Dead authors sometimes surprise us with their amazing wisdom. Of course, living authors do so too.
From my child hood, I had always known Miguel Cervantes’ Don Quixote as a book dealing with the mad adventures of a crazy night. I knew Cervantes was laughing at the craziness of us human beings through his literary masterpiece, which is often considered the first novel from the western world. The book was one in which the central character was out of touch with the reality of everyday living, out of touch with concrete facts and lived in a world of misguided fantasies. I had taken it at that and had never bothered to read the full book after I read an abridged version of it in my teens, which I enjoyed tremendously. But recently I came across a quotation from Cervantes and that made me sit down and think about the book more seriously. The quote said: ““Make it thy business to know thyself, which is the most difficult lesson in the world. “ That is what Socrates said in ancient Greece and what the Upanishads told us several millennia before him in India: Man, know thyself.
Now when I look at Cervantes from the standpoint of this quotation, the whole Don Quixote gains a new dimension. Aren’t the adventures of Don Quixote the madness of all humanity ignorant of its own self? Wasn’t Miguel Cervantes telling us the highest truth about human life through his literary masterpiece? Wasn’t he talking about the existential madness of man rather than of its mild crankiness? Wasn’t he telling us that all human pursuits undertaken while we are still ignorant of ourselves are like Don Quixote’s chasing windmills mistaking them for giants? Isn’t Cervantes telling us that we are all like the musk deer that goes crazy by the fragrance of the musk it has smelled and madly searches all over the mountains for it when he himself is the source of the musk? Wasn’t the Spanish renaissance author a later day literary Buddha in his own right?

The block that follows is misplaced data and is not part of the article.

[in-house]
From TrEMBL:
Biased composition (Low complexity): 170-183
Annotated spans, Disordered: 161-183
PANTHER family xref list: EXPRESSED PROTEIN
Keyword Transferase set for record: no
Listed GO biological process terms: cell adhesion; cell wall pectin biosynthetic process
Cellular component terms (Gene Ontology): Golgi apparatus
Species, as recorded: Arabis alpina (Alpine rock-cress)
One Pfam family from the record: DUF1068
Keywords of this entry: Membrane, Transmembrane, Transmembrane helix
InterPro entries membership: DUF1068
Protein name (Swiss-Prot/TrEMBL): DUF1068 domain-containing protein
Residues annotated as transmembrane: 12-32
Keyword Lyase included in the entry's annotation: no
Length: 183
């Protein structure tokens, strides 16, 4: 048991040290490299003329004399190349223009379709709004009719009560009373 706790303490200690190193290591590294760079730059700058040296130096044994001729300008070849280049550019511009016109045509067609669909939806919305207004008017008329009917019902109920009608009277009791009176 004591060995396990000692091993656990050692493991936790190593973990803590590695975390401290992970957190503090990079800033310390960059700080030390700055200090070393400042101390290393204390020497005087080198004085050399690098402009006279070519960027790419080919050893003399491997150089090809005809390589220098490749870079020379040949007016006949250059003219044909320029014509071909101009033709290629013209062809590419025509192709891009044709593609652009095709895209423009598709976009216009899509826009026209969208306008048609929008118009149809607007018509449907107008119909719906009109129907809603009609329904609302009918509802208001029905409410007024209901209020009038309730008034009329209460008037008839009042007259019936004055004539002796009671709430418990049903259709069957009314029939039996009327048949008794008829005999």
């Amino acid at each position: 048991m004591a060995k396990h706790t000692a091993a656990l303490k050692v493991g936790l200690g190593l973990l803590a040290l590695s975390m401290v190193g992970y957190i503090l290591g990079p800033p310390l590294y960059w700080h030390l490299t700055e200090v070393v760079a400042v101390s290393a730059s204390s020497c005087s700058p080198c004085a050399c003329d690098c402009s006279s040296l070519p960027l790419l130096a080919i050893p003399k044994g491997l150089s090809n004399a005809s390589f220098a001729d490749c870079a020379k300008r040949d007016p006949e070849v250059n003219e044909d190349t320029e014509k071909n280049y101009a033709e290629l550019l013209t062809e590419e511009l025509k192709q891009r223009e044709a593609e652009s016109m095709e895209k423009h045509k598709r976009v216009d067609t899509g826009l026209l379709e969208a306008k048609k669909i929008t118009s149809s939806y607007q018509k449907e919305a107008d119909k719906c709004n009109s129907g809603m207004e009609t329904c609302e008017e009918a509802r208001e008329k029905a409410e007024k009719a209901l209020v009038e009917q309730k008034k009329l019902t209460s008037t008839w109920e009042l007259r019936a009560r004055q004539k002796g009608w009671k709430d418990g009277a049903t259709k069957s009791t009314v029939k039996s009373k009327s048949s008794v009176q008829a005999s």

Cervantes’ hero is an eccentric gentleman of fifty. He has lived a life of neglect, failing in all his responsibilities, leading a life of fantasies engendered by the books of chivalry he has spent all his life reading. One day his decides he now wants to experience for himself the adventures he has been reading about.
His family owned an old armour – it once belonged to his great-grandfather and “had been lying forgotten in a corner eaten with rust and covered with mildew.” He scours and polishes it – but there was a problem still. It “had no closed helmet, nothing but a simple morion. This deficiency, however, his ingenuity supplied, for he contrived a kind of half-helmet of pasteboard which, fitted on to the morion, looked like a whole one.”
He now finds an old hack and, after four days of pondering over the matter and considering and rejecting numerous names, eventually names it Rocinante, which he feels is a lofty, sonorous and significant name appropriate for a great knight’s horse. Having named the old hack, he now has to find a name for himself and, after eight days of continuous pondering, chooses for himself the name Don Quixote of La Mancha.
He had by now assembled everything that was needed for a knight, but one important thing was still missing: a ladylove. For, every knight had a ladylove in whose name he performed great deeds and a “knight-errant without a ladylove was like a tree without leaves or fruit, or a body without a soul.”
Here is how Don Quixote solves the problem. In a village near his own, there was a very good looking farm-girl over whom he once had a crush, though she never knew of it. The girl was named Aldonza Lorenzo and he decides she shall be his ladylove. Of course she needed a new name that befits a princess, a great lady. He again considers numerous names and eventually decides upon Dulcinea del Toboso, “a name, to his mind, musical, uncommon, and significant, like all those he had already bestowed upon himself and the things belonging to him.”